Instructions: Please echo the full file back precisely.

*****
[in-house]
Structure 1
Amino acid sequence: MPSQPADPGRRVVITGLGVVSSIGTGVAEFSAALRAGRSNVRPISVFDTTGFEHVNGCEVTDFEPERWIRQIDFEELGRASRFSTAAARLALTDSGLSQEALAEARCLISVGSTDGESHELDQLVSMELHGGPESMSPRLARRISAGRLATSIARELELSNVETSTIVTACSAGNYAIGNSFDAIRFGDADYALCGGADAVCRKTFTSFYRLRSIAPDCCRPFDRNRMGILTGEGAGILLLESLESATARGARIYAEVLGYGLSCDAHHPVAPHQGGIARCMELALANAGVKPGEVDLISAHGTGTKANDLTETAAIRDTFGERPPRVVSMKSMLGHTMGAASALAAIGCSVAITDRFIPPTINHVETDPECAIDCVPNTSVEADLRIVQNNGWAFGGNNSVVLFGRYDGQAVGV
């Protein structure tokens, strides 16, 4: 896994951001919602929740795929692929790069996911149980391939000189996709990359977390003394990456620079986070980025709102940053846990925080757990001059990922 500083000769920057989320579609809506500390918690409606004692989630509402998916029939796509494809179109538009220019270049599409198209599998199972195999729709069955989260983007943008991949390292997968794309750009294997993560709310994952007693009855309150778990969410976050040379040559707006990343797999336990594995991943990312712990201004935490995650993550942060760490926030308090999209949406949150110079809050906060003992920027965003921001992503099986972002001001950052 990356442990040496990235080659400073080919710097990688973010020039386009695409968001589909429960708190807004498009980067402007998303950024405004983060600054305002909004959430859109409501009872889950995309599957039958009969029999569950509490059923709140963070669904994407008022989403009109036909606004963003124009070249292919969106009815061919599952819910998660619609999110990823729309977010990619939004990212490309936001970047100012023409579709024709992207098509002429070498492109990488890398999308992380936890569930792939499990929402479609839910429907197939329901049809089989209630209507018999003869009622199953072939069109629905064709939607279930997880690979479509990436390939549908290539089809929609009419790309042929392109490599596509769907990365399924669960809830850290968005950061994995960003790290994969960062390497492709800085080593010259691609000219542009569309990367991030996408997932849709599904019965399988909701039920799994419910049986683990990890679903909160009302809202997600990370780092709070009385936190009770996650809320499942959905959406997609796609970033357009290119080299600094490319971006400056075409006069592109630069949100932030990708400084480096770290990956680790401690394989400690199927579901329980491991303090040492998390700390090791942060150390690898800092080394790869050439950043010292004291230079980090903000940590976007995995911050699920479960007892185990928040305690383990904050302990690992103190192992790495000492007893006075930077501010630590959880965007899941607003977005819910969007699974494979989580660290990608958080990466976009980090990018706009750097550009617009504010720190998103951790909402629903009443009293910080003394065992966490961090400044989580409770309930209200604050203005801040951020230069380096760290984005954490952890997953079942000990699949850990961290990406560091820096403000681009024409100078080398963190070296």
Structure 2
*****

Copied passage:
[in-house]
Structure 1
Amino acid sequence: MPSQPADPGRRVVITGLGVVSSIGTGVAEFSAALRAGRSNVRPISVFDTTGFEHVNGCEVTDFEPERWIRQIDFEELGRASRFSTAAARLALTDSGLSQEALAEARCLISVGSTDGESHELDQLVSMELHGGPESMSPRLARRISAGRLATSIARELELSNVETSTIVTACSAGNYAIGNSFDAIRFGDADYALCGGADAVCRKTFTSFYRLRSIAPDCCRPFDRNRMGILTGEGAGILLLESLESATARGARIYAEVLGYGLSCDAHHPVAPHQGGIARCMELALANAGVKPGEVDLISAHGTGTKANDLTETAAIRDTFGERPPRVVSMKSMLGHTMGAASALAAIGCSVAITDRFIPPTINHVETDPECAIDCVPNTSVEADLRIVQNNGWAFGGNNSVVLFGRYDGQAVGV
């Protein structure tokens, strides 16, 4: 896994951001919602929740795929692929790069996911149980391939000189996709990359977390003394990456620079986070980025709102940053846990925080757990001059990922 500083000769920057989320579609809506500390918690409606004692989630509402998916029939796509494809179109538009220019270049599409198209599998199972195999729709069955989260983007943008991949390292997968794309750009294997993560709310994952007693009855309150778990969410976050040379040559707006990343797999336990594995991943990312712990201004935490995650993550942060760490926030308090999209949406949150110079809050906060003992920027965003921001992503099986972002001001950052 990356442990040496990235080659400073080919710097990688973010020039386009695409968001589909429960708190807004498009980067402007998303950024405004983060600054305002909004959430859109409501009872889950995309599957039958009969029999569950509490059923709140963070669904994407008022989403009109036909606004963003124009070249292919969106009815061919599952819910998660619609999110990823729309977010990619939004990212490309936001970047100012023409579709024709992207098509002429070498492109990488890398999308992380936890569930792939499990929402479609839910429907197939329901049809089989209630209507018999003869009622199953072939069109629905064709939607279930997880690979479509990436390939549908290539089809929609009419790309042929392109490599596509769907990365399924669960809830850290968005950061994995960003790290994969960062390497492709800085080593010259691609000219542009569309990367991030996408997932849709599904019965399988909701039920799994419910049986683990990890679903909160009302809202997600990370780092709070009385936190009770996650809320499942959905959406997609796609970033357009290119080299600094490319971006400056075409006069592109630069949100932030990708400084480096770290990956680790401690394989400690199927579901329980491991303090040492998390700390090791942060150390690898800092080394790869050439950043010292004291230079980090903000940590976007995995911050699920479960007892185990928040305690383990904050302990690992103190192992790495000492007893006075930077501010630590959880965007899941607003977005819910969007699974494979989580660290990608958080990466976009980090990018706009750097550009617009504010720190998103951790909402629903009443009293910080003394065992966490961090400044989580409770309930209200604050203005801040951020230069380096760290984005954490952890997953079942000990699949850990961290990406560091820096403000681009024409100078080398963190070296």
Structure 2